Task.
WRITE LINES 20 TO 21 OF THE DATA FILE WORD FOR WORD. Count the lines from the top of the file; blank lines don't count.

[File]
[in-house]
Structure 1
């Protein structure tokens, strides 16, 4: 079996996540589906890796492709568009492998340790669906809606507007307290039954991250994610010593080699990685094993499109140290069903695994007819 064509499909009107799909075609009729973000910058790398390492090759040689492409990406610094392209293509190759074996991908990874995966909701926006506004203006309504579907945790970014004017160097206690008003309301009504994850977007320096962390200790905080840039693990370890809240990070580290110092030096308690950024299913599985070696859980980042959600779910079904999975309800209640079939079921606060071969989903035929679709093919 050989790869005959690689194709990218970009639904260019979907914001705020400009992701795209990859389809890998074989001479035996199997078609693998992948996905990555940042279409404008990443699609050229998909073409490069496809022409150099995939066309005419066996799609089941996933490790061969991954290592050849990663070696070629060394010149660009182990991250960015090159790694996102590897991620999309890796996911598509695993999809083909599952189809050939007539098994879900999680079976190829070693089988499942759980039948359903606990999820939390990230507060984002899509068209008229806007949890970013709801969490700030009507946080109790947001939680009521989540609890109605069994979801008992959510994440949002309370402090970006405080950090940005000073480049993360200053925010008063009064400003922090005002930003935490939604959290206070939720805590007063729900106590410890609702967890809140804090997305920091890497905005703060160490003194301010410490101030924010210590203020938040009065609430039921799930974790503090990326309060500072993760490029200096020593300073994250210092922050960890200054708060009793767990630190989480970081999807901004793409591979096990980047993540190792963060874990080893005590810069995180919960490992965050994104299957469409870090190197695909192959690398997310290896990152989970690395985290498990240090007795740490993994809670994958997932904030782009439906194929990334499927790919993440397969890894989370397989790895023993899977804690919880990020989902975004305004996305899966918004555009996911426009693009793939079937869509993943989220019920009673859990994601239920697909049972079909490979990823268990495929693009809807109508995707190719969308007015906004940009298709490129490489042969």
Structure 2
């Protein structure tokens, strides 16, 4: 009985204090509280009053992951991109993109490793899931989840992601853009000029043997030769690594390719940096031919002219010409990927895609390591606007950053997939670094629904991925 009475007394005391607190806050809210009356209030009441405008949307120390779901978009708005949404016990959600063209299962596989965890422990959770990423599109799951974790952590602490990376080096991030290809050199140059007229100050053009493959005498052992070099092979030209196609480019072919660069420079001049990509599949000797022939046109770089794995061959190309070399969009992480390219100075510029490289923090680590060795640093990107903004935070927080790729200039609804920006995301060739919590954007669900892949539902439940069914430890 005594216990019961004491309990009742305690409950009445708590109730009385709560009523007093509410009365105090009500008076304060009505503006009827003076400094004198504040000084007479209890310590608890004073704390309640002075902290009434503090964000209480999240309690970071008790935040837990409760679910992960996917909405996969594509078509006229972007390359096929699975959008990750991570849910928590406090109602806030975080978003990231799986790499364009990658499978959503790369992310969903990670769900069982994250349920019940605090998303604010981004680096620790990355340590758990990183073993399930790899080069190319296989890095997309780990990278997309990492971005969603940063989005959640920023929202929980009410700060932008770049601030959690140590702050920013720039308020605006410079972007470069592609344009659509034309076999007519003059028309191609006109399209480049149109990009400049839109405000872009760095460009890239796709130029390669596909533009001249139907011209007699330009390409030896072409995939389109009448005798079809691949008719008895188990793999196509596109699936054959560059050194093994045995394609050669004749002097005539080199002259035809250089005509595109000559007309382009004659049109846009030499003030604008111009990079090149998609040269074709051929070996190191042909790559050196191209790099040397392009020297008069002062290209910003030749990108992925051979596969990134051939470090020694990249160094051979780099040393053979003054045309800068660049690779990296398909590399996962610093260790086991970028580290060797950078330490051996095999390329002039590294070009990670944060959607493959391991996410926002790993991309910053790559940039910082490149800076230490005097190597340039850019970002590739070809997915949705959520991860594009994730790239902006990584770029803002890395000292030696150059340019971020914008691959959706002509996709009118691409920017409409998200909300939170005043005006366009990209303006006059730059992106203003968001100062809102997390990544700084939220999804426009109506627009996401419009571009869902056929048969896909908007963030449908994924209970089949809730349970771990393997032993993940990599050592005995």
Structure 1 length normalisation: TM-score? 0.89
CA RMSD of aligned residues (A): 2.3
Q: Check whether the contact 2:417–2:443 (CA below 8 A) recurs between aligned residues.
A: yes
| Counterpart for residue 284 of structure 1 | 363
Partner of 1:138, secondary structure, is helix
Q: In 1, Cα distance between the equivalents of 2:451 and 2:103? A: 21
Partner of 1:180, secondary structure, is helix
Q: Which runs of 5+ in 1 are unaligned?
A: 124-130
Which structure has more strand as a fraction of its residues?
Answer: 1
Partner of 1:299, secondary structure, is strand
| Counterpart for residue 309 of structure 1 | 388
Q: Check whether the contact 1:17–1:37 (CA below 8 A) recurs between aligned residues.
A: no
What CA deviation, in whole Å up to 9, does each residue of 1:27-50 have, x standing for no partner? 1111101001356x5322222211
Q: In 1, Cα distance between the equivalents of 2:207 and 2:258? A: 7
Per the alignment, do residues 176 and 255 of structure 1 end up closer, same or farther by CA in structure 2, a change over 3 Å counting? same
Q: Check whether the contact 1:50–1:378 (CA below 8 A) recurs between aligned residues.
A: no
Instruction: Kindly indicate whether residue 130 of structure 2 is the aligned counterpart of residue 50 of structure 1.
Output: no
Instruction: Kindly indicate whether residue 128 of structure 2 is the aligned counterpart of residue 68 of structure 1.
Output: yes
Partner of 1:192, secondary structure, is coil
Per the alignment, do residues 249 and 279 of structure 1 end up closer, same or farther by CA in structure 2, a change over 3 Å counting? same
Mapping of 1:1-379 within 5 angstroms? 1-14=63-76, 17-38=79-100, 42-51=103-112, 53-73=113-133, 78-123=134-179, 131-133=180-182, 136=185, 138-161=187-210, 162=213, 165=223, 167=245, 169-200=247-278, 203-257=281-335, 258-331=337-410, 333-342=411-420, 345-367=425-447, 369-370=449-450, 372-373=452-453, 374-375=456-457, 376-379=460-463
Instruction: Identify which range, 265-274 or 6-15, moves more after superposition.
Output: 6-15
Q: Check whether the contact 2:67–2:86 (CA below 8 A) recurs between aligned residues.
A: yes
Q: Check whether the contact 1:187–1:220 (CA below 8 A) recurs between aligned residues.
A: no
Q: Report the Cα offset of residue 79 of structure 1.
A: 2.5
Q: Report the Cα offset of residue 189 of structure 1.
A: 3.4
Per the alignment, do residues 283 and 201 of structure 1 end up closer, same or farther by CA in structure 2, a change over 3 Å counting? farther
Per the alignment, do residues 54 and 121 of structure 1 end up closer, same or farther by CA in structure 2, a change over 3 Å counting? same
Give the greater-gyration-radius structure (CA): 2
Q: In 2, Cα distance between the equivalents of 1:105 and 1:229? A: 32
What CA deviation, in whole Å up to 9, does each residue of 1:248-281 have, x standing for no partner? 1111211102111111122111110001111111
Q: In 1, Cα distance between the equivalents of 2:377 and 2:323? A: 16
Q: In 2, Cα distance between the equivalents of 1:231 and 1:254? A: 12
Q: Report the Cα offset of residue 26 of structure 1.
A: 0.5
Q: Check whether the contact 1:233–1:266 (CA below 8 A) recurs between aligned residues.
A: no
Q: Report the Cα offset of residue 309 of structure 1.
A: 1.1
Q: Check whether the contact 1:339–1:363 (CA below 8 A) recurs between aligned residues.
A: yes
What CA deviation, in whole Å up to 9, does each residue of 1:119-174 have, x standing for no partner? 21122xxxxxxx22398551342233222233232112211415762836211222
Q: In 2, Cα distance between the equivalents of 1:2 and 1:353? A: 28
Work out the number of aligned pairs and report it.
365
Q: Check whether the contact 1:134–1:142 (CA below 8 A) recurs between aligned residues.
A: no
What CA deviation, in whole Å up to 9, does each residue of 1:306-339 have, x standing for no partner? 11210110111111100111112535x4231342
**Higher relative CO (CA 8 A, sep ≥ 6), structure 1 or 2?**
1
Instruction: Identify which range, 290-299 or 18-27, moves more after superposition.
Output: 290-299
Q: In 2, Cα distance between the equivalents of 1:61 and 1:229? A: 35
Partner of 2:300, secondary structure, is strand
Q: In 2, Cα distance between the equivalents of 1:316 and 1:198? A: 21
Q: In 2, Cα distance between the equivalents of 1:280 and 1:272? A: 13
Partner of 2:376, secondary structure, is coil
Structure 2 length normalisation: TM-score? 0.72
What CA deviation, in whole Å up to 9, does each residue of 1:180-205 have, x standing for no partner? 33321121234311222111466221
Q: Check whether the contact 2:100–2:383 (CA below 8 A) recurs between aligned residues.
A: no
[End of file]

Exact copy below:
Q: Check whether the contact 1:17–1:37 (CA below 8 A) recurs between aligned residues.
A: no